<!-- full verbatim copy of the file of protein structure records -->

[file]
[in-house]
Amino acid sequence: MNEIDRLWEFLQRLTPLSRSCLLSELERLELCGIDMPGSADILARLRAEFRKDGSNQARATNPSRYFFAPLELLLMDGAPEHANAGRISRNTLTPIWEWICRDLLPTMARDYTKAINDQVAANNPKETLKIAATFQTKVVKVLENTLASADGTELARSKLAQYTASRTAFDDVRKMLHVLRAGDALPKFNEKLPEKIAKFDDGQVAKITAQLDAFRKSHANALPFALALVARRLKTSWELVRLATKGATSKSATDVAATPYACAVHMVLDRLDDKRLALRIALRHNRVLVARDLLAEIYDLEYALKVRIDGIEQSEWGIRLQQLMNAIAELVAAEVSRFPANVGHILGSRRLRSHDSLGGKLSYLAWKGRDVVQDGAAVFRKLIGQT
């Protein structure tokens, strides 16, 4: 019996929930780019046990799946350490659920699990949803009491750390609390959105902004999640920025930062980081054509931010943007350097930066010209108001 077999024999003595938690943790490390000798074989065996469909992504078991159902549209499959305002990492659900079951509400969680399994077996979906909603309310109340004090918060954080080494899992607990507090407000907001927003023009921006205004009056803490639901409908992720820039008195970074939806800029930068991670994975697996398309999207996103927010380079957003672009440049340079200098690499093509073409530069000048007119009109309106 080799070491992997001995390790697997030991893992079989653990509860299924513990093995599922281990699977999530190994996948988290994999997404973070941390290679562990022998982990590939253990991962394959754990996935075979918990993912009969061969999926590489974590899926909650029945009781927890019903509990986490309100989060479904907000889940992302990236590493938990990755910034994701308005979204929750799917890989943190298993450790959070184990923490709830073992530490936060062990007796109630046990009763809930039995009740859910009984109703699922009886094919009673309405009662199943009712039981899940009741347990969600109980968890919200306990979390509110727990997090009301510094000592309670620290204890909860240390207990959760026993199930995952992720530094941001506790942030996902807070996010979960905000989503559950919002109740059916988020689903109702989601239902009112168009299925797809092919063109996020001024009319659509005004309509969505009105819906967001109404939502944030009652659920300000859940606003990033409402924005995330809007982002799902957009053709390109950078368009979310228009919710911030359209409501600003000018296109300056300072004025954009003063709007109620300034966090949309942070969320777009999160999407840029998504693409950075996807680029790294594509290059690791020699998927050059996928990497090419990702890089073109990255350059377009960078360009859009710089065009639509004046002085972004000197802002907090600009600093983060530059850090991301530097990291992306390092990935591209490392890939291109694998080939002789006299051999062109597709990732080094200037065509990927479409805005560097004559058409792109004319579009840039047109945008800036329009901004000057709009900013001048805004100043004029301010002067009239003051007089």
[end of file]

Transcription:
[in-house]
Amino acid sequence: MNEIDRLWEFLQRLTPLSRSCLLSELERLELCGIDMPGSADILARLRAEFRKDGSNQARATNPSRYFFAPLELLLMDGAPEHANAGRISRNTLTPIWEWICRDLLPTMARDYTKAINDQVAANNPKETLKIAATFQTKVVKVLENTLASADGTELARSKLAQYTASRTAFDDVRKMLHVLRAGDALPKFNEKLPEKIAKFDDGQVAKITAQLDAFRKSHANALPFALALVARRLKTSWELVRLATKGATSKSATDVAATPYACAVHMVLDRLDDKRLALRIALRHNRVLVARDLLAEIYDLEYALKVRIDGIEQSEWGIRLQQLMNAIAELVAAEVSRFPANVGHILGSRRLRSHDSLGGKLSYLAWKGRDVVQDGAAVFRKLIGQT
């Protein structure tokens, strides 16, 4: 019996929930780019046990799946350490659920699990949803009491750390609390959105902004999640920025930062980081054509931010943007350097930066010209108001 077999024999003595938690943790490390000798074989065996469909992504078991159902549209499959305002990492659900079951509400969680399994077996979906909603309310109340004090918060954080080494899992607990507090407000907001927003023009921006205004009056803490639901409908992720820039008195970074939806800029930068991670994975697996398309999207996103927010380079957003672009440049340079200098690499093509073409530069000048007119009109309106 080799070491992997001995390790697997030991893992079989653990509860299924513990093995599922281990699977999530190994996948988290994999997404973070941390290679562990022998982990590939253990991962394959754990996935075979918990993912009969061969999926590489974590899926909650029945009781927890019903509990986490309100989060479904907000889940992302990236590493938990990755910034994701308005979204929750799917890989943190298993450790959070184990923490709830073992530490936060062990007796109630046990009763809930039995009740859910009984109703699922009886094919009673309405009662199943009712039981899940009741347990969600109980968890919200306990979390509110727990997090009301510094000592309670620290204890909860240390207990959760026993199930995952992720530094941001506790942030996902807070996010979960905000989503559950919002109740059916988020689903109702989601239902009112168009299925797809092919063109996020001024009319659509005004309509969505009105819906967001109404939502944030009652659920300000859940606003990033409402924005995330809007982002799902957009053709390109950078368009979310228009919710911030359209409501600003000018296109300056300072004025954009003063709007109620300034966090949309942070969320777009999160999407840029998504693409950075996807680029790294594509290059690791020699998927050059996928990497090419990702890089073109990255350059377009960078360009859009710089065009639509004046002085972004000197802002907090600009600093983060530059850090991301530097990291992306390092990935591209490392890939291109694998080939002789006299051999062109597709990732080094200037065509990927479409805005560097004559058409792109004319579009840039047109945008800036329009901004000057709009900013001048805004100043004029301010002067009239003051007089």